The biology of Fjordland Penguins or ‘Tawaki’ is not well-known, they belong to the least studied penguin species. Tawaki are endemic to the southern west coast and some islands off the southern tip of New Zealand’s South Island, where they breed solitarily or in small groups in caves or hollows in the temperate rain forest or in dense shrub.
In a 5-year project (2014-19), the foraging ecology of Tawaki, which so far is completely unknown, is studied in cooperation mit Dr. Thomas Mattern and Dr. Ursula Ellenberg using a variety of devices, ranging from dataloggers to satellite transmitters. Apart from their foraging ecology during the breeding season we have also investigated their dispersal during the pre-moult period: Over the course of ca. 2 months the penguins travelled in a southwesterly direction up to 2,500 km away from their colony, covering total swimming distances of up to 6,800 km (1). Currently we are tracking their winter dispersal, also with regard to interspecific competition to the closely related Snares Penguin (2), using satellite transmitters and global locations sensors. Further information can be obtained at the Website of the project and on Facebook.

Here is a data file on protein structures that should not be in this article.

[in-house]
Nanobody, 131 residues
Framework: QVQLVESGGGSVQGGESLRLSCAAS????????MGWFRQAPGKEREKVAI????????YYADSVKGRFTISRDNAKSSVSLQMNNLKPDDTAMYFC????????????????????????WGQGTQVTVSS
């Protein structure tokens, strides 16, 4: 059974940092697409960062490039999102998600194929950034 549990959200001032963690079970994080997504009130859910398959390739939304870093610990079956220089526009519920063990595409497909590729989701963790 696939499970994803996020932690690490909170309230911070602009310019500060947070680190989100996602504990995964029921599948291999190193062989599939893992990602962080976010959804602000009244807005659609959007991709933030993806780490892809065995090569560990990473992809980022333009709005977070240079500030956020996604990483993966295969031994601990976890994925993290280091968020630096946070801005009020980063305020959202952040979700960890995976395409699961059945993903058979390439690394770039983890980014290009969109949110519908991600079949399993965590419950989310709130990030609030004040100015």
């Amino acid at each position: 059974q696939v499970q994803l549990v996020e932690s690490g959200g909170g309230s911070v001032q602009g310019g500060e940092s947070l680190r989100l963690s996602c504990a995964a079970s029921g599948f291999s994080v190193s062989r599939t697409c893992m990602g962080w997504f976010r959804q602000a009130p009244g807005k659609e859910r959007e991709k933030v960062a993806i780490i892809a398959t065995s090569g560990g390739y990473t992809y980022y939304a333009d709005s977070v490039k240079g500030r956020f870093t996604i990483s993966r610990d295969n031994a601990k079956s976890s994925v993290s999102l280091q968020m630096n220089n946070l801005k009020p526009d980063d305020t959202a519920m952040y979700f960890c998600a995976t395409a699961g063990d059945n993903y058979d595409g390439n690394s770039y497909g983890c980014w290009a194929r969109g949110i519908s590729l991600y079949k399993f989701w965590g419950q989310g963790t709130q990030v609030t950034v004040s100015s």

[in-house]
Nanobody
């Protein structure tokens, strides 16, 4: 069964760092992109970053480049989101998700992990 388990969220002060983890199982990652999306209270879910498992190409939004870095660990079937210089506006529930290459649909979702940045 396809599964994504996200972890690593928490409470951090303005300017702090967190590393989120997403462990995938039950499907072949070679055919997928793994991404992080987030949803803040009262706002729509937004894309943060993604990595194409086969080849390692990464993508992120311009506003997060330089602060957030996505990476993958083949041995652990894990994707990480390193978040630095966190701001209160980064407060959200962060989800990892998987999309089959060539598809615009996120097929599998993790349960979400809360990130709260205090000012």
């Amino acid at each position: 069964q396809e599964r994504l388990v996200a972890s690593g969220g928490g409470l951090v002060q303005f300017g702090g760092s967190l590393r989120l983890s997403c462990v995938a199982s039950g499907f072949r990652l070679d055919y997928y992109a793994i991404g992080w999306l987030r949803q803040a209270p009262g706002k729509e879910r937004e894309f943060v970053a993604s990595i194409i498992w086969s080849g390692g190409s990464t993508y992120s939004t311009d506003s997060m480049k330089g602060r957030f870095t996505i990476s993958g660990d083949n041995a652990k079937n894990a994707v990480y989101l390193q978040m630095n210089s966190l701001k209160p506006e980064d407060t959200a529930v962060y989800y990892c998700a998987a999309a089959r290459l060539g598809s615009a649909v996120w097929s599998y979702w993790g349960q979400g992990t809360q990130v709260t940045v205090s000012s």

- 2018) Marathon penguins – reasons and consequences of long-range dispersal in Fiordland penguins / Tawaki during the pre-moult period. PLoS ONE 13(8): e0198688 (
- (2) Green, C.-P., N. Ratcliffe, T. Mattern, D. Thompson, M.-A. Lea, S. Wotherspoon, P. Garcia Borboroglu, U. Ellenberg, K.W. Morrison, K. Pütz, P.M. Sagar, P.J. Seddon, L.G. Torres & M.A. Hindell (2022) The role of allochrony in influencing differences in foraging distribution during the non-breeding season between two congeneric crested penguin species. PLoS ONE 17(2): e0262901